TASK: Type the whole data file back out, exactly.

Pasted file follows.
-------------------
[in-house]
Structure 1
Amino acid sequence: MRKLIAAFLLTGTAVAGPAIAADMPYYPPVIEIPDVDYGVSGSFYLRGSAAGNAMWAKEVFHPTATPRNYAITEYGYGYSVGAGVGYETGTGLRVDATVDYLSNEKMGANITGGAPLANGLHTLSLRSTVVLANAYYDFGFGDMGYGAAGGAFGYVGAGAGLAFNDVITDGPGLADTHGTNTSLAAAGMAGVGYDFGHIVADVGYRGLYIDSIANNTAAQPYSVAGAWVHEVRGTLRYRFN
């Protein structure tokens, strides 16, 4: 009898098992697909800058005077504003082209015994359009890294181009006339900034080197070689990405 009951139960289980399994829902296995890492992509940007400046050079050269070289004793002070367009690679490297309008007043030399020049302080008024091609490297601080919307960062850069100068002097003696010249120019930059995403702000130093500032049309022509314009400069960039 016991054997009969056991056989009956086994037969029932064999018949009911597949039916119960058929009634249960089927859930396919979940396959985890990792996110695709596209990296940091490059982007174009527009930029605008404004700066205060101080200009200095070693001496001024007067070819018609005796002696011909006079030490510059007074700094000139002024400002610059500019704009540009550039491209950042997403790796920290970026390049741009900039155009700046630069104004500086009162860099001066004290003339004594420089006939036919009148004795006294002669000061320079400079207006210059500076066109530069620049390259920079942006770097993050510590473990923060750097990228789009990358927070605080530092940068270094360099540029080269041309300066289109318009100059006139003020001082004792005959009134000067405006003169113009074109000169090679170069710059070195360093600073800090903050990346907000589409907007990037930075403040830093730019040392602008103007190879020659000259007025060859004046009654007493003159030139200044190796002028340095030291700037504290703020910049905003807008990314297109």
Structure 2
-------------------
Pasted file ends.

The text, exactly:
[in-house]
Structure 1
Amino acid sequence: MRKLIAAFLLTGTAVAGPAIAADMPYYPPVIEIPDVDYGVSGSFYLRGSAAGNAMWAKEVFHPTATPRNYAITEYGYGYSVGAGVGYETGTGLRVDATVDYLSNEKMGANITGGAPLANGLHTLSLRSTVVLANAYYDFGFGDMGYGAAGGAFGYVGAGAGLAFNDVITDGPGLADTHGTNTSLAAAGMAGVGYDFGHIVADVGYRGLYIDSIANNTAAQPYSVAGAWVHEVRGTLRYRFN
């Protein structure tokens, strides 16, 4: 009898098992697909800058005077504003082209015994359009890294181009006339900034080197070689990405 009951139960289980399994829902296995890492992509940007400046050079050269070289004793002070367009690679490297309008007043030399020049302080008024091609490297601080919307960062850069100068002097003696010249120019930059995403702000130093500032049309022509314009400069960039 016991054997009969056991056989009956086994037969029932064999018949009911597949039916119960058929009634249960089927859930396919979940396959985890990792996110695709596209990296940091490059982007174009527009930029605008404004700066205060101080200009200095070693001496001024007067070819018609005796002696011909006079030490510059007074700094000139002024400002610059500019704009540009550039491209950042997403790796920290970026390049741009900039155009700046630069104004500086009162860099001066004290003339004594420089006939036919009148004795006294002669000061320079400079207006210059500076066109530069620049390259920079942006770097993050510590473990923060750097990228789009990358927070605080530092940068270094360099540029080269041309300066289109318009100059006139003020001082004792005959009134000067405006003169113009074109000169090679170069710059070195360093600073800090903050990346907000589409907007990037930075403040830093730019040392602008103007190879020659000259007025060859004046009654007493003159030139200044190796002028340095030291700037504290703020910049905003807008990314297109």
Structure 2